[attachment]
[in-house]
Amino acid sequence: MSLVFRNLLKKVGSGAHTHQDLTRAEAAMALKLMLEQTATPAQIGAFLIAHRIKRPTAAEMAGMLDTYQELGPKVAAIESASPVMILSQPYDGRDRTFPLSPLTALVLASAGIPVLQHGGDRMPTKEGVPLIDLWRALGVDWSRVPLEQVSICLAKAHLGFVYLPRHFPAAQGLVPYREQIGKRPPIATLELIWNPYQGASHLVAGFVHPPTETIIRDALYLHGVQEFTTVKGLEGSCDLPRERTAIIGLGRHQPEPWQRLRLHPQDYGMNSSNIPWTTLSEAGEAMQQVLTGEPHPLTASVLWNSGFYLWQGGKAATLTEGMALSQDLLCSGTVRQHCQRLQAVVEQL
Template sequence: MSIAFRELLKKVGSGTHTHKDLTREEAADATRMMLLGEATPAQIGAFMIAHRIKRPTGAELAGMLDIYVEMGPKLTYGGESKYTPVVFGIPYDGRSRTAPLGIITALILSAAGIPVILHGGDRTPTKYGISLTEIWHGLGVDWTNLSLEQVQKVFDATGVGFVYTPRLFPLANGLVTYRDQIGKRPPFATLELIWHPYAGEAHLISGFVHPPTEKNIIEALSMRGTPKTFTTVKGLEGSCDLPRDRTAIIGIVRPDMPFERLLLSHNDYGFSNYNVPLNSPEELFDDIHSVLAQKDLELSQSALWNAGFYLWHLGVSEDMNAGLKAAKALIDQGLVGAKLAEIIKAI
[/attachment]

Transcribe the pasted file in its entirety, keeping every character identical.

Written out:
[in-house]
Amino acid sequence: MSLVFRNLLKKVGSGAHTHQDLTRAEAAMALKLMLEQTATPAQIGAFLIAHRIKRPTAAEMAGMLDTYQELGPKVAAIESASPVMILSQPYDGRDRTFPLSPLTALVLASAGIPVLQHGGDRMPTKEGVPLIDLWRALGVDWSRVPLEQVSICLAKAHLGFVYLPRHFPAAQGLVPYREQIGKRPPIATLELIWNPYQGASHLVAGFVHPPTETIIRDALYLHGVQEFTTVKGLEGSCDLPRERTAIIGLGRHQPEPWQRLRLHPQDYGMNSSNIPWTTLSEAGEAMQQVLTGEPHPLTASVLWNSGFYLWQGGKAATLTEGMALSQDLLCSGTVRQHCQRLQAVVEQL
Template sequence: MSIAFRELLKKVGSGTHTHKDLTREEAADATRMMLLGEATPAQIGAFMIAHRIKRPTGAELAGMLDIYVEMGPKLTYGGESKYTPVVFGIPYDGRSRTAPLGIITALILSAAGIPVILHGGDRTPTKYGISLTEIWHGLGVDWTNLSLEQVQKVFDATGVGFVYTPRLFPLANGLVTYRDQIGKRPPFATLELIWHPYAGEAHLISGFVHPPTEKNIIEALSMRGTPKTFTTVKGLEGSCDLPRDRTAIIGIVRPDMPFERLLLSHNDYGFSNYNVPLNSPEELFDDIHSVLAQKDLELSQSALWNAGFYLWHLGVSEDMNAGLKAAKALIDQGLVGAKLAEIIKAI